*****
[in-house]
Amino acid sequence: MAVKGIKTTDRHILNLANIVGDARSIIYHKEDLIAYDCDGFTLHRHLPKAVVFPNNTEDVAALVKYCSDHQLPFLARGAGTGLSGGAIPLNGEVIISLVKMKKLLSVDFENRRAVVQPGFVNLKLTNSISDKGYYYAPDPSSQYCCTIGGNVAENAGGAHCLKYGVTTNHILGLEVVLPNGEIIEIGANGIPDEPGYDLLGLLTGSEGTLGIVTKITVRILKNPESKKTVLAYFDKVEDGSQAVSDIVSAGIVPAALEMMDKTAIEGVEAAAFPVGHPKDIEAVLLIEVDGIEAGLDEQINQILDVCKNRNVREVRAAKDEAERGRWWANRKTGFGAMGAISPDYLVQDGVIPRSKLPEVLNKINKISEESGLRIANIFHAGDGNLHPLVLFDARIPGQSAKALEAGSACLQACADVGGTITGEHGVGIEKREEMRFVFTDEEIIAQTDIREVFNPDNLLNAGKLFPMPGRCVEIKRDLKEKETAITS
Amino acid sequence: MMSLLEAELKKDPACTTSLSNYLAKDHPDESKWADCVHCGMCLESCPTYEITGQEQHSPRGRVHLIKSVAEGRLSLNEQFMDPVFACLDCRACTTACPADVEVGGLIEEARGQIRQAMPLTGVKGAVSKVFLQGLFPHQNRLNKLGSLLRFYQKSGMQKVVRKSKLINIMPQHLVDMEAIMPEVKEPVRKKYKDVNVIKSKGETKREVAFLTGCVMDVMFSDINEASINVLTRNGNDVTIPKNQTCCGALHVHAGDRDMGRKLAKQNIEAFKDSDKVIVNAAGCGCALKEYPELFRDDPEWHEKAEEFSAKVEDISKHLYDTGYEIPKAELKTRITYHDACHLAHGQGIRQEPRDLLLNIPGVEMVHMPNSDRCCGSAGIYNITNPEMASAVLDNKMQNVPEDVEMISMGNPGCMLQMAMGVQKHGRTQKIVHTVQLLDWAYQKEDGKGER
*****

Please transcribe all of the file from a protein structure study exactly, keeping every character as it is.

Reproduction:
[in-house]
Amino acid sequence: MAVKGIKTTDRHILNLANIVGDARSIIYHKEDLIAYDCDGFTLHRHLPKAVVFPNNTEDVAALVKYCSDHQLPFLARGAGTGLSGGAIPLNGEVIISLVKMKKLLSVDFENRRAVVQPGFVNLKLTNSISDKGYYYAPDPSSQYCCTIGGNVAENAGGAHCLKYGVTTNHILGLEVVLPNGEIIEIGANGIPDEPGYDLLGLLTGSEGTLGIVTKITVRILKNPESKKTVLAYFDKVEDGSQAVSDIVSAGIVPAALEMMDKTAIEGVEAAAFPVGHPKDIEAVLLIEVDGIEAGLDEQINQILDVCKNRNVREVRAAKDEAERGRWWANRKTGFGAMGAISPDYLVQDGVIPRSKLPEVLNKINKISEESGLRIANIFHAGDGNLHPLVLFDARIPGQSAKALEAGSACLQACADVGGTITGEHGVGIEKREEMRFVFTDEEIIAQTDIREVFNPDNLLNAGKLFPMPGRCVEIKRDLKEKETAITS
Amino acid sequence: MMSLLEAELKKDPACTTSLSNYLAKDHPDESKWADCVHCGMCLESCPTYEITGQEQHSPRGRVHLIKSVAEGRLSLNEQFMDPVFACLDCRACTTACPADVEVGGLIEEARGQIRQAMPLTGVKGAVSKVFLQGLFPHQNRLNKLGSLLRFYQKSGMQKVVRKSKLINIMPQHLVDMEAIMPEVKEPVRKKYKDVNVIKSKGETKREVAFLTGCVMDVMFSDINEASINVLTRNGNDVTIPKNQTCCGALHVHAGDRDMGRKLAKQNIEAFKDSDKVIVNAAGCGCALKEYPELFRDDPEWHEKAEEFSAKVEDISKHLYDTGYEIPKAELKTRITYHDACHLAHGQGIRQEPRDLLLNIPGVEMVHMPNSDRCCGSAGIYNITNPEMASAVLDNKMQNVPEDVEMISMGNPGCMLQMAMGVQKHGRTQKIVHTVQLLDWAYQKEDGKGER